Is the Gold Rally Over?

Since the US Election gold has been following has been following the ebbs and flows of Mr. Trump closer then the world follows his Twitter account. But there has always been a bigger gorilla in the room. The Federal Reserve.

Lost the noise of the financial markets since Mr. Trump’s win has been a much bigger theme and one that will perhaps define 2017. That is the bottom of US interest rates and a Federal Reserve seemingly very intent on raising rates at least three times in 2017. The street has perhaps lost sight of the implications of this moment. As the defacto reserve currency of the world (despite China’s best efforts) which by far and away most of the world’s international commerce is conducted in, it has far reaching implications. Higher US rates will

Higher US rates will feed through to higher rates in many other countries, particularly emerging and not so emerging nations with USD or quasi USD pegs. The nature of pegs means that monetary policy is outsourced to the country you peg to. In this case the United States. As interest rates rise there, rates must by default rise in the pegged countries with far reaching implications for funding for economic growth, finance debt, and current accounts, etc., etc. The alternative is to burn through foreign reserves to defend the peg or move the peg which in itself could stoke inflation. After ten years of addiction to zero percent QE money, the global withdrawal could be quite emotional in 2017, particularly if a nation’s economic cycle is not aligned with the USA’s.

Overnight Fed Chair Janet Yellen started sounding decidedly hawkish. With CPI this week hitting 2.1% YoY with core CPI at 2.2% YoY, and industrial production up 0.8%, Ms Yellen stated that ““It is fair to say the economy is near maximum employment and inflation is moving toward our goal,” so that “it makes sense to gradually reduce the level of monetary support””. Ms. Yellen gave the knife a further twist stating ““I and most of my colleagues” were expecting last month to increase the benchmark lending rate “a few times a year” through the end of 2019.” So the data is clearly tracking the right way, and Federal Reserve clearly has rate hike itchy trigger fingers.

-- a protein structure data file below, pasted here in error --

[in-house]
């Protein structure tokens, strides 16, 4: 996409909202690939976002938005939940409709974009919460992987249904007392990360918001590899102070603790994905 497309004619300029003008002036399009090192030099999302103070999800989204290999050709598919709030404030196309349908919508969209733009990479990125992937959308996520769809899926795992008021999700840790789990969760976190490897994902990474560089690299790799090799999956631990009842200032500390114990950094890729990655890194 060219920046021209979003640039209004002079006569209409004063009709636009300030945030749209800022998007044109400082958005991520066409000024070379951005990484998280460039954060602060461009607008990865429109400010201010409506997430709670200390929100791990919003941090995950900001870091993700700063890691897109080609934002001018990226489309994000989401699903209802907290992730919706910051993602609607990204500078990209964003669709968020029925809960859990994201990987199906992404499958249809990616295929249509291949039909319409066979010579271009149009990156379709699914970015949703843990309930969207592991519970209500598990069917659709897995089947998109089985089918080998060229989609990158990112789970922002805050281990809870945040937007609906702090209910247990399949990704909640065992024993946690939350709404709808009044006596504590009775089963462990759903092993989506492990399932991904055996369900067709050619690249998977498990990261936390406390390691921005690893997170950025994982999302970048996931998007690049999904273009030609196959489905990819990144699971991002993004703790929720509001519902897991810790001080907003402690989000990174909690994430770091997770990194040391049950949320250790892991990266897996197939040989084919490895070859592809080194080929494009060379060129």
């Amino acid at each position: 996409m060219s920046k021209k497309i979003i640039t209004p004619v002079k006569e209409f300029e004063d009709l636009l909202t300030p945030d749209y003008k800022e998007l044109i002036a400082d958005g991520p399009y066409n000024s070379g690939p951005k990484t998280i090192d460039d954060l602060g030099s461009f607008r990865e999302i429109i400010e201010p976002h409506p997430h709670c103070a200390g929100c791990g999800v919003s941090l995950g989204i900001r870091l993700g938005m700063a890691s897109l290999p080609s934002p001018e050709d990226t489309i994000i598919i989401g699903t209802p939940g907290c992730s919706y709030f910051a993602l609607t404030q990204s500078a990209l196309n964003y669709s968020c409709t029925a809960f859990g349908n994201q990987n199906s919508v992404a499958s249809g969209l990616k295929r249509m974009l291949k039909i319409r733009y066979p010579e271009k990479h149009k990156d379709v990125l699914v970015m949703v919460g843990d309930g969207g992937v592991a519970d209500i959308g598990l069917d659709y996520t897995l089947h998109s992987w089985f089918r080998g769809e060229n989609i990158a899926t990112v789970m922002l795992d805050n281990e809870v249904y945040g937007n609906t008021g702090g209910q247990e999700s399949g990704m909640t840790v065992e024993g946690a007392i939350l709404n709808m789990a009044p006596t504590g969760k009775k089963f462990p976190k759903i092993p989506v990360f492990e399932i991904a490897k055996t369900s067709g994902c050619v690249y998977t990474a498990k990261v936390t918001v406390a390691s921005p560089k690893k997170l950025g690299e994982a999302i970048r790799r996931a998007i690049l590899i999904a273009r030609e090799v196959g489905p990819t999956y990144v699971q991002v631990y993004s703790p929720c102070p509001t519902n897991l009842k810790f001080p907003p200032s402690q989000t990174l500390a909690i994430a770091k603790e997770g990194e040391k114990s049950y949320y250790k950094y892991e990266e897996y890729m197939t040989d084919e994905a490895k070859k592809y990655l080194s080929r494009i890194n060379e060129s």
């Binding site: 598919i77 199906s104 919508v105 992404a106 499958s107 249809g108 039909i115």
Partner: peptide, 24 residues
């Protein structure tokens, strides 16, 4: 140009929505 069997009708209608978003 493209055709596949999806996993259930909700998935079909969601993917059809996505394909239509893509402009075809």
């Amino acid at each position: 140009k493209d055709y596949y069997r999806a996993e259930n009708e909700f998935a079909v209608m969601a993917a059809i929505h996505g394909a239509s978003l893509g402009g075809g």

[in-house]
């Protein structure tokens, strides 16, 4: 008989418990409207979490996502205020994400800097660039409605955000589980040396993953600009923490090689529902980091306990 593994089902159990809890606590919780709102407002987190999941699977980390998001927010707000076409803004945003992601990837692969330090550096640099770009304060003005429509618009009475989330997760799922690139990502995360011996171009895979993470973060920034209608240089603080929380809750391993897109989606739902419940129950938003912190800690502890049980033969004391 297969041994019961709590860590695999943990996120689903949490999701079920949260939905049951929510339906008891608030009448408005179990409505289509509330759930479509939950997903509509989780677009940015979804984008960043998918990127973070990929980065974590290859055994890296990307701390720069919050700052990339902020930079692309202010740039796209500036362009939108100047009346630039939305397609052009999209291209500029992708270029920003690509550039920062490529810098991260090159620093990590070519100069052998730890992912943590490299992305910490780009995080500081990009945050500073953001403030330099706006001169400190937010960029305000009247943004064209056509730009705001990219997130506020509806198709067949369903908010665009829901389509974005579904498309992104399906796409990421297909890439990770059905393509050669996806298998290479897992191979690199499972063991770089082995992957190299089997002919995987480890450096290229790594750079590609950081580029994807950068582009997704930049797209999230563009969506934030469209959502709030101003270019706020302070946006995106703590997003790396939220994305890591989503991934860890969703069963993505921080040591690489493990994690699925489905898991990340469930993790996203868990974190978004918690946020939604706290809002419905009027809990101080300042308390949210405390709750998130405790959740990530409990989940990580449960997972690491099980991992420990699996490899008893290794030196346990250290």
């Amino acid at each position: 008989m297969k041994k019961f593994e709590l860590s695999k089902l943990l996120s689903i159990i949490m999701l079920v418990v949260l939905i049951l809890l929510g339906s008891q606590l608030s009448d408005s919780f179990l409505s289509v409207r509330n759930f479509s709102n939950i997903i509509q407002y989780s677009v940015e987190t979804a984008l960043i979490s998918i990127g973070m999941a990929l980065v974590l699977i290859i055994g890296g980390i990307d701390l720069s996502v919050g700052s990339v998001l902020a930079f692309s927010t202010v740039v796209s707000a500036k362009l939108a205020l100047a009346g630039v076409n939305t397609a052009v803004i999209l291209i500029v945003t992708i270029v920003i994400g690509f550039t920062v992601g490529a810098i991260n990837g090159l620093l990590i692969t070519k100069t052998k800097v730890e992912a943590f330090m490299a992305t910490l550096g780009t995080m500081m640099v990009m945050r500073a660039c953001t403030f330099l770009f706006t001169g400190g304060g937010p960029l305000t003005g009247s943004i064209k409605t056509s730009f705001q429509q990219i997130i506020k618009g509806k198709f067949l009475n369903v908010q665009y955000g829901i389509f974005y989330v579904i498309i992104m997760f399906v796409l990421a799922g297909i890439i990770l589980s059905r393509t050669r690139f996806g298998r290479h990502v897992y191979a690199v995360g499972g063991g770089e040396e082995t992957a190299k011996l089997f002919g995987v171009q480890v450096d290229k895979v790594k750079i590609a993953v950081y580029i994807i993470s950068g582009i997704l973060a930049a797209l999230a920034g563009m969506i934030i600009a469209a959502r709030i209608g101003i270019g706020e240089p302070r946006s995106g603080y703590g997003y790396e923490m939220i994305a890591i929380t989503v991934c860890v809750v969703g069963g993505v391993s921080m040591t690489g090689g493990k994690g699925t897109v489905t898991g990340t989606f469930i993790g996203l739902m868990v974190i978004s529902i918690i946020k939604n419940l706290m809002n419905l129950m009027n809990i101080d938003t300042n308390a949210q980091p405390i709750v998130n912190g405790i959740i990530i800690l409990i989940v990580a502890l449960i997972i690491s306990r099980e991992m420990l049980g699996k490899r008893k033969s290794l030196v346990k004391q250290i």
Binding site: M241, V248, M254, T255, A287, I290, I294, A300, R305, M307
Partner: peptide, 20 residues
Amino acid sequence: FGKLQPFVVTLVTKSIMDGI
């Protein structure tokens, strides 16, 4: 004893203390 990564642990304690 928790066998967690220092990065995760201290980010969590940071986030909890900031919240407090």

US Yields duly rose across the curve, equities gave back some gains, but the largest effect was seen on the USD itself. Rallying not only against global currencies but also commodities such as oil and also precious metals. From a technical perspective, the price action in Gold has been significant.

GOLD

Looking at the chart below, we can see two clear channels making a v-shape pattern. Gold itself has following Trump sentiment in a close formation the Blue Angels would be proud of.

Following Mr. Trump’s win and the reflation USD rally “Trump-pump,” Gold moved textbook style in a downwards channel as the world piled into USD and US rates moved higher reducing gold’s appeal as an asset. Falling from around $1230 to $1125 until a break out of the down channel at $1140 heralded a strong rally.

This of course coincided with the New Year’s “Trump-slump” where his Twitter account, profit taking and reality biting risk aversion restored Gold’s safe-haven bid. Gold has since rallied back above $1200 in a textbook up-channel. This has come to an end this week as both data and Ms. Yellen sees Gold finally break out of up-channel rather ominously to the downside.

Significantly Gold failed at its earlier high at 1220 and never got close to testing resistance from December at $1233. Gold now has resistance at $1205, the 100-day moving average, $1220 and  $1235 the aforementioned levels. The break of the channel from a technical perspective opens a move back to the $1120/25 area and any interim support is hard to find on the daily chart.

Gold Daily

Summary

In the noise of the Trump victory the elephant in the room for  2017, higher US rates, seems to have been lost.  Gold has followed the Trump pumps and slumps slavishly. However, the Federal Reserve is flexing its muscles and from a technical perspective, Gold’s rally could well be over with substantially lower levels implied.

This article is for general information purposes only. It is not investment advice or a solution to buy or sell securities. Opinions are the authors; not necessarily that of OANDA Corporation or any of its affiliates, subsidiaries, officers or directors. Leveraged trading is high risk and not suitable for all. You could lose all of your deposited funds.

Jeffrey Halley

Jeffrey Halley

Senior Currency Analyst
Based in Singapore, Jeffrey has over 25 years experience in the financial markets, having traded currencies, options, precious metals and futures. Jeffrey started his career at Barclays Bank in New Zealand. However he has spent most of it in London and Asia.Jeffrey focuses on the Asia time zone across asset classes. A regular commentator on business news TV and Radio, he is originally from New Zealand and holds an MBA from Cass Business School, London.